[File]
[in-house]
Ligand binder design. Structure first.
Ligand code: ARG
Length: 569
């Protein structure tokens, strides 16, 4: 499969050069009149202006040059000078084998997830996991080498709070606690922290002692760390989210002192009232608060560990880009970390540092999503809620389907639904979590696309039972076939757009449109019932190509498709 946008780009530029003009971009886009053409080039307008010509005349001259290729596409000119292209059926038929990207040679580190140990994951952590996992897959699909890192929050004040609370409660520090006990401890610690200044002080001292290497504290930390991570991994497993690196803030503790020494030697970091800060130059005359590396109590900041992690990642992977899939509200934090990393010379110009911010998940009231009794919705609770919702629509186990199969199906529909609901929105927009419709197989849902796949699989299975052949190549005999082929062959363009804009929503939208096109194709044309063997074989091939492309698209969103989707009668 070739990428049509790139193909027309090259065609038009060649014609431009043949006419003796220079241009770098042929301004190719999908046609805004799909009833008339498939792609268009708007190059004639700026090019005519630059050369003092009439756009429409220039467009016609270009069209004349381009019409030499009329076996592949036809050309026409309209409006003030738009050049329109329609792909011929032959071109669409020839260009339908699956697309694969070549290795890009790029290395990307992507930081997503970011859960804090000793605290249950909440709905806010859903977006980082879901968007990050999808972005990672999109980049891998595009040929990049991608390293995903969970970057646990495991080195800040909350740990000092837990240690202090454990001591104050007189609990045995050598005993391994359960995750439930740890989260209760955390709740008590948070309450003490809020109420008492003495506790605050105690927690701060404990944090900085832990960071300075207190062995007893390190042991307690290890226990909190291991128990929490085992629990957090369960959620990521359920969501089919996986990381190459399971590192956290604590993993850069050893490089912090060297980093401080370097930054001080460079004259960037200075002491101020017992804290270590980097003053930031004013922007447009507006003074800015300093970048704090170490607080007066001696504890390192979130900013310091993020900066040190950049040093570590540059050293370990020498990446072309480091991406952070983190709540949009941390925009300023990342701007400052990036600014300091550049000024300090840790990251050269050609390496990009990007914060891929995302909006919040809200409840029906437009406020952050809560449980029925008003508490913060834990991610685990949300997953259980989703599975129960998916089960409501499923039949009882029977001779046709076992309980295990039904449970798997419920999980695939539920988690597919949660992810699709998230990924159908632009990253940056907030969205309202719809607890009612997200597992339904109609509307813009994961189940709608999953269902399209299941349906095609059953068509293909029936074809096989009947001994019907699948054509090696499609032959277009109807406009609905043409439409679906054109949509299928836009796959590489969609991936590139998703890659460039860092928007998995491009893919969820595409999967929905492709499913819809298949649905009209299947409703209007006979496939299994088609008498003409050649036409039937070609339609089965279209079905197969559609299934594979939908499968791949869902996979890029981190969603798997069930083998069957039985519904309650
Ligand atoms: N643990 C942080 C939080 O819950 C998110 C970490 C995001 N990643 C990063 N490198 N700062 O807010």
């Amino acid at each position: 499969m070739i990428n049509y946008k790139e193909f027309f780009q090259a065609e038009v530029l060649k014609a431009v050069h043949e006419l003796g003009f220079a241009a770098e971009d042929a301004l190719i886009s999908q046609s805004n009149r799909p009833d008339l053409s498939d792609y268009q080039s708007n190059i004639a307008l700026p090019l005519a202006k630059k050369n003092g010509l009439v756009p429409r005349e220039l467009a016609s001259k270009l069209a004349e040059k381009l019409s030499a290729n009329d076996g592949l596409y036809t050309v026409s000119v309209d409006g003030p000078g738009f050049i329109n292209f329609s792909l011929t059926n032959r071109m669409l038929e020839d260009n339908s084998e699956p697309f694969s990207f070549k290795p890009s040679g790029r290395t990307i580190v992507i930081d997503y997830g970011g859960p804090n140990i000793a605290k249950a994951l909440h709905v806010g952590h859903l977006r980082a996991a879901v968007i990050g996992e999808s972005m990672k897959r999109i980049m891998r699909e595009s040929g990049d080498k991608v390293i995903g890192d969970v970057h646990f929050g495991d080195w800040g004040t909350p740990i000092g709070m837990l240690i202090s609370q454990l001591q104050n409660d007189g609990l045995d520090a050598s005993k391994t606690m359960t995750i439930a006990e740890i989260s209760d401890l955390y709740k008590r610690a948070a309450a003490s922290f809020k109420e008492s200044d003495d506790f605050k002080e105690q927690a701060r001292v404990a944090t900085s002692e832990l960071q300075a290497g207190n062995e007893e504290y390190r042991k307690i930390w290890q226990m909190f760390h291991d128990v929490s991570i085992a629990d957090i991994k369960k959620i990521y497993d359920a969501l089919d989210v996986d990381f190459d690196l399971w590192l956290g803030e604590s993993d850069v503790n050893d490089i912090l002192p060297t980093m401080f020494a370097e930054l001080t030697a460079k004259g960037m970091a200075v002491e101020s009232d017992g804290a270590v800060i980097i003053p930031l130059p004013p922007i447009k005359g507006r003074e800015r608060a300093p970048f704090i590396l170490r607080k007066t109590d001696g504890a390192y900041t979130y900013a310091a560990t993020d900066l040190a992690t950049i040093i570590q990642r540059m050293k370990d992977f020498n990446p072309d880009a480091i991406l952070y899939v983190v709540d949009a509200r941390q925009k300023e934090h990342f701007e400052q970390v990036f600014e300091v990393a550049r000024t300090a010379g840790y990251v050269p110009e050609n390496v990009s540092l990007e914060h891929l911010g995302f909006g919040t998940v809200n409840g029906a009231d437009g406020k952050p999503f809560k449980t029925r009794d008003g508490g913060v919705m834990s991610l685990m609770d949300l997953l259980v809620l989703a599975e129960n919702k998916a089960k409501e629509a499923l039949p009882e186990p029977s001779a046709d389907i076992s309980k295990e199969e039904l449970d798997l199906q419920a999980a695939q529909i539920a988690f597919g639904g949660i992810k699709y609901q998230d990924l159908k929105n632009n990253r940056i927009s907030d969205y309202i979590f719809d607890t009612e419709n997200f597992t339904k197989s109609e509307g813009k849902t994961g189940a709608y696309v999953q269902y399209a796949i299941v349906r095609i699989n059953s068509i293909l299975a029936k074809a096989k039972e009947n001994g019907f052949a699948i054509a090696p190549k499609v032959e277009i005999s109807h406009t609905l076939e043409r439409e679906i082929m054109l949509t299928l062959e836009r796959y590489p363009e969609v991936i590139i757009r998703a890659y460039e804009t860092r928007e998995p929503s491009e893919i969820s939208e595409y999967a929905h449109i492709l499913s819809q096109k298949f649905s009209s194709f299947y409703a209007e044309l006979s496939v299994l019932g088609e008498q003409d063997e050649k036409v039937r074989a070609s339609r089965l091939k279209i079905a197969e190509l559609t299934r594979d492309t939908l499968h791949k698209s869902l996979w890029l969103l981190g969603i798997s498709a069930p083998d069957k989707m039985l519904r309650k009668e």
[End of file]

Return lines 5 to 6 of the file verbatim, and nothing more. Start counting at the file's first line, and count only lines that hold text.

């Protein structure tokens, strides 16, 4: 499969050069009149202006040059000078084998997830996991080498709070606690922290002692760390989210002192009232608060560990880009970390540092999503809620389907639904979590696309039972076939757009449109019932190509498709 946008780009530029003009971009886009053409080039307008010509005349001259290729596409000119292209059926038929990207040679580190140990994951952590996992897959699909890192929050004040609370409660520090006990401890610690200044002080001292290497504290930390991570991994497993690196803030503790020494030697970091800060130059005359590396109590900041992690990642992977899939509200934090990393010379110009911010998940009231009794919705609770919702629509186990199969199906529909609901929105927009419709197989849902796949699989299975052949190549005999082929062959363009804009929503939208096109194709044309063997074989091939492309698209969103989707009668 070739990428049509790139193909027309090259065609038009060649014609431009043949006419003796220079241009770098042929301004190719999908046609805004799909009833008339498939792609268009708007190059004639700026090019005519630059050369003092009439756009429409220039467009016609270009069209004349381009019409030499009329076996592949036809050309026409309209409006003030738009050049329109329609792909011929032959071109669409020839260009339908699956697309694969070549290795890009790029290395990307992507930081997503970011859960804090000793605290249950909440709905806010859903977006980082879901968007990050999808972005990672999109980049891998595009040929990049991608390293995903969970970057646990495991080195800040909350740990000092837990240690202090454990001591104050007189609990045995050598005993391994359960995750439930740890989260209760955390709740008590948070309450003490809020109420008492003495506790605050105690927690701060404990944090900085832990960071300075207190062995007893390190042991307690290890226990909190291991128990929490085992629990957090369960959620990521359920969501089919996986990381190459399971590192956290604590993993850069050893490089912090060297980093401080370097930054001080460079004259960037200075002491101020017992804290270590980097003053930031004013922007447009507006003074800015300093970048704090170490607080007066001696504890390192979130900013310091993020900066040190950049040093570590540059050293370990020498990446072309480091991406952070983190709540949009941390925009300023990342701007400052990036600014300091550049000024300090840790990251050269050609390496990009990007914060891929995302909006919040809200409840029906437009406020952050809560449980029925008003508490913060834990991610685990949300997953259980989703599975129960998916089960409501499923039949009882029977001779046709076992309980295990039904449970798997419920999980695939539920988690597919949660992810699709998230990924159908632009990253940056907030969205309202719809607890009612997200597992339904109609509307813009994961189940709608999953269902399209299941349906095609059953068509293909029936074809096989009947001994019907699948054509090696499609032959277009109807406009609905043409439409679906054109949509299928836009796959590489969609991936590139998703890659460039860092928007998995491009893919969820595409999967929905492709499913819809298949649905009209299947409703209007006979496939299994088609008498003409050649036409039937070609339609089965279209079905197969559609299934594979939908499968791949869902996979890029981190969603798997069930083998069957039985519904309650
Ligand atoms: N643990 C942080 C939080 O819950 C998110 C970490 C995001 N990643 C990063 N490198 N700062 O807010």